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Speculators ramp up EDO and FPM DRAM prices

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Internet Security Threat Report 2014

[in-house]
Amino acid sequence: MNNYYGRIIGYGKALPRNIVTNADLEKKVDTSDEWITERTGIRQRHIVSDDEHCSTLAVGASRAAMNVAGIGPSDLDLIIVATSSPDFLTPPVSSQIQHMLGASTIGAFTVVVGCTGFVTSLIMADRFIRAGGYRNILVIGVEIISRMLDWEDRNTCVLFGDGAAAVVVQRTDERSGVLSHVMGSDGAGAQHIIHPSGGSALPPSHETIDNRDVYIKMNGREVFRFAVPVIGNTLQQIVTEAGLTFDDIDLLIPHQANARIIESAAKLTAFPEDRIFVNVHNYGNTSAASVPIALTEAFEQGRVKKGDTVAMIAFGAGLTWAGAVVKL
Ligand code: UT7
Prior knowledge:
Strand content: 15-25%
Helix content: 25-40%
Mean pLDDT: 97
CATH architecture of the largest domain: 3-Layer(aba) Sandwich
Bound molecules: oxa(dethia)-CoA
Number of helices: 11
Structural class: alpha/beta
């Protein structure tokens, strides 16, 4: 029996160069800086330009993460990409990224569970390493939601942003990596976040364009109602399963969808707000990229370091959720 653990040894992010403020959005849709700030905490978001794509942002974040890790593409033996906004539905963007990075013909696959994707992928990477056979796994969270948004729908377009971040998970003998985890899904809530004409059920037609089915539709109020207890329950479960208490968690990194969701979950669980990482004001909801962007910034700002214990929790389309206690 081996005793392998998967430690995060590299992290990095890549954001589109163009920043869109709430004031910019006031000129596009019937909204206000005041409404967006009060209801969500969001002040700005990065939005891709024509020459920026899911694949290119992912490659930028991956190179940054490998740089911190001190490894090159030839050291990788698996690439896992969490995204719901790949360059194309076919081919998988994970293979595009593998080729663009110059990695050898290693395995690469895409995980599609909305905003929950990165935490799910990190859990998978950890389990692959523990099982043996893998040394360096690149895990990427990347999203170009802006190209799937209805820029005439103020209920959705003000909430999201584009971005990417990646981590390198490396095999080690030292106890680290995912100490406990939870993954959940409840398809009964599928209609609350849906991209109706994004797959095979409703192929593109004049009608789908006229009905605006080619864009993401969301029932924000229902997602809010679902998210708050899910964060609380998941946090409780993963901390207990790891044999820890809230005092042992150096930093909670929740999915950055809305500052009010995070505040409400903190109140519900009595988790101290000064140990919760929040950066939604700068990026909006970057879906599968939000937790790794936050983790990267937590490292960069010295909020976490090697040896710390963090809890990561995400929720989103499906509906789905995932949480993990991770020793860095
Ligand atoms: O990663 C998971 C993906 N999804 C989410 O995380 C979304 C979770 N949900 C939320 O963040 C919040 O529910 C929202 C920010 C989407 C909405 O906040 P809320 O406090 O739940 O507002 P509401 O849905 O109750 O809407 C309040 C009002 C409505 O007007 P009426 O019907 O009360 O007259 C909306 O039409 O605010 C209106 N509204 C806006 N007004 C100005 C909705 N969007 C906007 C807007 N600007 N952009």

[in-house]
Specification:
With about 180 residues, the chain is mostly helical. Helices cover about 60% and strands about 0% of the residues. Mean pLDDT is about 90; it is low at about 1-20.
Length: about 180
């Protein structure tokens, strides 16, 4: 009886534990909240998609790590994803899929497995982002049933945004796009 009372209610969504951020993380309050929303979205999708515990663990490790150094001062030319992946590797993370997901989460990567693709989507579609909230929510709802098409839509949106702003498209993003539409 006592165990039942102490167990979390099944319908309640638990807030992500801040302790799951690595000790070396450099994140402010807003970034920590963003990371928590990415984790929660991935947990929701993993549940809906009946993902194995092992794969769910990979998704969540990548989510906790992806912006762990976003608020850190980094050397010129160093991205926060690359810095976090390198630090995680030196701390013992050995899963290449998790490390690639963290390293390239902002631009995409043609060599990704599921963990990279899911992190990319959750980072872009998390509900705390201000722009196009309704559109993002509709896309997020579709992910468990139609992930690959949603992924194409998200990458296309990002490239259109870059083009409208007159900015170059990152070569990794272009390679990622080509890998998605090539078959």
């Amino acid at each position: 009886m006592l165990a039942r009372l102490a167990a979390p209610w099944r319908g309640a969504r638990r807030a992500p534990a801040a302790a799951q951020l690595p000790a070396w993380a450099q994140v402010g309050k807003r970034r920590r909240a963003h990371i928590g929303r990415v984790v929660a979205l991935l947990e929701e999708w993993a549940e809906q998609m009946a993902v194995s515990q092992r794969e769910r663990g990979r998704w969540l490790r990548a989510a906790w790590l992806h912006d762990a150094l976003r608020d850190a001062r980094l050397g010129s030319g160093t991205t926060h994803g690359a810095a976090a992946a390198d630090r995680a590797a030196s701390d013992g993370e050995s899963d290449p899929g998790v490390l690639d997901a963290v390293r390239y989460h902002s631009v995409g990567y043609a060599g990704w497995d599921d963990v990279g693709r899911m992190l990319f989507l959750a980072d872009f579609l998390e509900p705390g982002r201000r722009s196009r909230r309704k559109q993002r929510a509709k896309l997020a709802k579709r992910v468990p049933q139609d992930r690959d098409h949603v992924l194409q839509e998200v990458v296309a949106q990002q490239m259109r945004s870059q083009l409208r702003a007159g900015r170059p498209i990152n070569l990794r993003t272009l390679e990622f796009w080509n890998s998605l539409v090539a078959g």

The cry of disbelief, heard not for the first time today, comes from the disillusioned customer, who has just fallen off their chair when you revealed the price of the memory he gladly took from you last week for 30 per cent less. Yes, it's happened again. Memory prices are rising, but not at the normal few points a day rate. The fact is, we’ve seen an overnight rise of over 30 per cent on the price of EDO and FPM DRAM. Those of us in the memory business have seen it coming for a long time -- we have prattled on about impending price rises, but to no avail. The UK customers have or had managed to keep their suppliers' profits to a bare minimum, by being extremely selective with their purchasing. The shortages were bound to come. However, there has been a sudden rush of unexpected demand for these products. Whether it is a short-lived festive boost to the market or a longer upturn in the upgrade market as a whole remains to be seen. With too many suppliers fighting for too little business, and too much product in the market, the buyer was king. Now the king is dead, or perhaps, suffering from a strong bout of the flu. Most DRAM makers concentrate their efforts on leading edge technology like synchronous DRAM, and there are many plus points for being first to market with the largest, fastest products. Innovation commands respect and brings top dollar to their coffers. So what’s happened? FPM DRAM is now very rarely used in new machines. So demand has dwindled and, like all products in this industry, when they reach the end of their life cycles the price rises. EDO and FPM DRAM have long been unprofitable for most manufacturers because the price has been driven down to cost and sometimes below it. So you don’t have to be Einstein to realise why most DRAM producers have eased production or even discontinued these products. So what does the future hold? Typically, when the memory market enters all-out panic mode, everyone starts purchasing. DRAM manufacturers start listening. They see that the price is more attractive and they react accordingly, but not overnight. It will take time for the market to reach equilibrium. It's not yet known how likely the installed base of machines that use EDO and FPM modules will be to upgrade, or how much risk is involved in diverting production to make a fast buck on an unknown demand. Does anybody have the inclination to fill this sudden demand? The answer is almost definitely yes -- but this time, there are many indicators to show that the take up will be slow. I believe the Taiwanese manufacturers have taken well to this area of the market. They may find an unexpected niche, and this will help them in time and turn them into market leaders for this type of product. So what does the end user do in the mean time? Like all price hikes, you have to believe that sudden 30 per cent increases in the price of products is not normal, especially products traded world-wide on a massive scale, as DRAM is. There is definitely some speculation and profiteering going on. I don’t believe that anybody, anywhere has millions of EDO and FPM DRAM sitting on their shelves just waiting for the right time to release them onto the market, so I can only deduce that the price will remain high, not at today’s levels but the sub-$2 16Mb EDO or FPM DRAM is a thing of the past. Until next time... ®

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